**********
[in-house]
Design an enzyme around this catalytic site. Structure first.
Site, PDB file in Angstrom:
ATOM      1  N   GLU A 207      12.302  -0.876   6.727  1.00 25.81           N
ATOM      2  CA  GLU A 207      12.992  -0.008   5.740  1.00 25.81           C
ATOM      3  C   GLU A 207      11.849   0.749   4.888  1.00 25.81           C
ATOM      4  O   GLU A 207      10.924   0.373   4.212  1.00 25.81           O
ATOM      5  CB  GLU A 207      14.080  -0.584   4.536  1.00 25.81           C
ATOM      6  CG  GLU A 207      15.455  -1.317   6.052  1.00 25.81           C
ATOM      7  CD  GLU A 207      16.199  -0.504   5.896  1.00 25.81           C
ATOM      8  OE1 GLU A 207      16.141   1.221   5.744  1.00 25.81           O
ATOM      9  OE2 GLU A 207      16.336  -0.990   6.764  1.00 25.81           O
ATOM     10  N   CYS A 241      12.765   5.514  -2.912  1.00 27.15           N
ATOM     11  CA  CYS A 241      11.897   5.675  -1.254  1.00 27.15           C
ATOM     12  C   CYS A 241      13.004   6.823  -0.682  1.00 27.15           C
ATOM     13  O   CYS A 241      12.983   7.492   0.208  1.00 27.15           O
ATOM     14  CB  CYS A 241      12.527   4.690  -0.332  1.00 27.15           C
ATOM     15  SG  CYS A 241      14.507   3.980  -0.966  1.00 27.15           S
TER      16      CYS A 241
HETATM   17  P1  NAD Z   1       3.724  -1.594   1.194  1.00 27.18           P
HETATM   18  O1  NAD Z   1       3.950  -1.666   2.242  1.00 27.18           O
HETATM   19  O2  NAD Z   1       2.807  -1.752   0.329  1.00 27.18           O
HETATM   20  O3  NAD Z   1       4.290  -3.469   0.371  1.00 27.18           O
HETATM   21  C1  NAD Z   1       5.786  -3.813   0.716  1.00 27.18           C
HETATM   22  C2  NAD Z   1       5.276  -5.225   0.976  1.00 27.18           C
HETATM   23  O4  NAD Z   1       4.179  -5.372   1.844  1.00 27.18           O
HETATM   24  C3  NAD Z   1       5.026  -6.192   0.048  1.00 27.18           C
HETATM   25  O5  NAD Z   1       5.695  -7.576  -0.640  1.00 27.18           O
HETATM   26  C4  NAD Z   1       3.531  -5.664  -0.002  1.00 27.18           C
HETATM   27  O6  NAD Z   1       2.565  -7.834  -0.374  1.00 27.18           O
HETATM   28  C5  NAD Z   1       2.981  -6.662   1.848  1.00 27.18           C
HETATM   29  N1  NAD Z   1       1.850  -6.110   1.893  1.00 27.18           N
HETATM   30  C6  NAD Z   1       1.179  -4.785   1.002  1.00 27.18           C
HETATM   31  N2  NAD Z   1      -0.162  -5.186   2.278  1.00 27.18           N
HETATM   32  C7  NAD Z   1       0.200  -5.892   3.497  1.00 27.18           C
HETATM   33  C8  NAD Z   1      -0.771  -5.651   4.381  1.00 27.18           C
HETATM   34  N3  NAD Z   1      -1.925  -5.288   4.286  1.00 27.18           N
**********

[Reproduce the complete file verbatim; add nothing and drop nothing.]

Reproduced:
[in-house]
Design an enzyme around this catalytic site. Structure first.
Site, PDB file in Angstrom:
ATOM      1  N   GLU A 207      12.302  -0.876   6.727  1.00 25.81           N
ATOM      2  CA  GLU A 207      12.992  -0.008   5.740  1.00 25.81           C
ATOM      3  C   GLU A 207      11.849   0.749   4.888  1.00 25.81           C
ATOM      4  O   GLU A 207      10.924   0.373   4.212  1.00 25.81           O
ATOM      5  CB  GLU A 207      14.080  -0.584   4.536  1.00 25.81           C
ATOM      6  CG  GLU A 207      15.455  -1.317   6.052  1.00 25.81           C
ATOM      7  CD  GLU A 207      16.199  -0.504   5.896  1.00 25.81           C
ATOM      8  OE1 GLU A 207      16.141   1.221   5.744  1.00 25.81           O
ATOM      9  OE2 GLU A 207      16.336  -0.990   6.764  1.00 25.81           O
ATOM     10  N   CYS A 241      12.765   5.514  -2.912  1.00 27.15           N
ATOM     11  CA  CYS A 241      11.897   5.675  -1.254  1.00 27.15           C
ATOM     12  C   CYS A 241      13.004   6.823  -0.682  1.00 27.15           C
ATOM     13  O   CYS A 241      12.983   7.492   0.208  1.00 27.15           O
ATOM     14  CB  CYS A 241      12.527   4.690  -0.332  1.00 27.15           C
ATOM     15  SG  CYS A 241      14.507   3.980  -0.966  1.00 27.15           S
TER      16      CYS A 241
HETATM   17  P1  NAD Z   1       3.724  -1.594   1.194  1.00 27.18           P
HETATM   18  O1  NAD Z   1       3.950  -1.666   2.242  1.00 27.18           O
HETATM   19  O2  NAD Z   1       2.807  -1.752   0.329  1.00 27.18           O
HETATM   20  O3  NAD Z   1       4.290  -3.469   0.371  1.00 27.18           O
HETATM   21  C1  NAD Z   1       5.786  -3.813   0.716  1.00 27.18           C
HETATM   22  C2  NAD Z   1       5.276  -5.225   0.976  1.00 27.18           C
HETATM   23  O4  NAD Z   1       4.179  -5.372   1.844  1.00 27.18           O
HETATM   24  C3  NAD Z   1       5.026  -6.192   0.048  1.00 27.18           C
HETATM   25  O5  NAD Z   1       5.695  -7.576  -0.640  1.00 27.18           O
HETATM   26  C4  NAD Z   1       3.531  -5.664  -0.002  1.00 27.18           C
HETATM   27  O6  NAD Z   1       2.565  -7.834  -0.374  1.00 27.18           O
HETATM   28  C5  NAD Z   1       2.981  -6.662   1.848  1.00 27.18           C
HETATM   29  N1  NAD Z   1       1.850  -6.110   1.893  1.00 27.18           N
HETATM   30  C6  NAD Z   1       1.179  -4.785   1.002  1.00 27.18           C
HETATM   31  N2  NAD Z   1      -0.162  -5.186   2.278  1.00 27.18           N
HETATM   32  C7  NAD Z   1       0.200  -5.892   3.497  1.00 27.18           C
HETATM   33  C8  NAD Z   1      -0.771  -5.651   4.381  1.00 27.18           C
HETATM   34  N3  NAD Z   1      -1.925  -5.288   4.286  1.00 27.18           N